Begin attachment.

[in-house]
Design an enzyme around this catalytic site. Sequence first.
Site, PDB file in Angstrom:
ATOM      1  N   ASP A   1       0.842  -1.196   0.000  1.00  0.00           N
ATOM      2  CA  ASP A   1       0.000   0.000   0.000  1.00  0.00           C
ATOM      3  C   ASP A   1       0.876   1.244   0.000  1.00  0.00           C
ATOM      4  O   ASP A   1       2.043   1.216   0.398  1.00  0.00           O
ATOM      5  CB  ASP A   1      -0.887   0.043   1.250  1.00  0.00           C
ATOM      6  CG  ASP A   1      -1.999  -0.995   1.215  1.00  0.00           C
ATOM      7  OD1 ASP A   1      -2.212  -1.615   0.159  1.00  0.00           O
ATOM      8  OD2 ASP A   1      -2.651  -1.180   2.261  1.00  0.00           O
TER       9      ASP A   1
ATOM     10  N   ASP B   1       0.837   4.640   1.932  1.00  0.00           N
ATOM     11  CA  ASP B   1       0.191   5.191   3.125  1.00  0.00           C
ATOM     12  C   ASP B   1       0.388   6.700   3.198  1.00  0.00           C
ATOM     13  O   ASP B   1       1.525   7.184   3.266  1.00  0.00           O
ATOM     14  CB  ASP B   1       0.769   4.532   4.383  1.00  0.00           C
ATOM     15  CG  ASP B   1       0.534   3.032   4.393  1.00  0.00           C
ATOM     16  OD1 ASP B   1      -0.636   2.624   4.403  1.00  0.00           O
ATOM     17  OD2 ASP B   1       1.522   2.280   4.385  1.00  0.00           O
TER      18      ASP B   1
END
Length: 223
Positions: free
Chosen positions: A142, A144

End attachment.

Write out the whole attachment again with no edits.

[in-house]
Design an enzyme around this catalytic site. Sequence first.
Site, PDB file in Angstrom:
ATOM      1  N   ASP A   1       0.842  -1.196   0.000  1.00  0.00           N
ATOM      2  CA  ASP A   1       0.000   0.000   0.000  1.00  0.00           C
ATOM      3  C   ASP A   1       0.876   1.244   0.000  1.00  0.00           C
ATOM      4  O   ASP A   1       2.043   1.216   0.398  1.00  0.00           O
ATOM      5  CB  ASP A   1      -0.887   0.043   1.250  1.00  0.00           C
ATOM      6  CG  ASP A   1      -1.999  -0.995   1.215  1.00  0.00           C
ATOM      7  OD1 ASP A   1      -2.212  -1.615   0.159  1.00  0.00           O
ATOM      8  OD2 ASP A   1      -2.651  -1.180   2.261  1.00  0.00           O
TER       9      ASP A   1
ATOM     10  N   ASP B   1       0.837   4.640   1.932  1.00  0.00           N
ATOM     11  CA  ASP B   1       0.191   5.191   3.125  1.00  0.00           C
ATOM     12  C   ASP B   1       0.388   6.700   3.198  1.00  0.00           C
ATOM     13  O   ASP B   1       1.525   7.184   3.266  1.00  0.00           O
ATOM     14  CB  ASP B   1       0.769   4.532   4.383  1.00  0.00           C
ATOM     15  CG  ASP B   1       0.534   3.032   4.393  1.00  0.00           C
ATOM     16  OD1 ASP B   1      -0.636   2.624   4.403  1.00  0.00           O
ATOM     17  OD2 ASP B   1       1.522   2.280   4.385  1.00  0.00           O
TER      18      ASP B   1
END
Length: 223
Positions: free
Chosen positions: A142, A144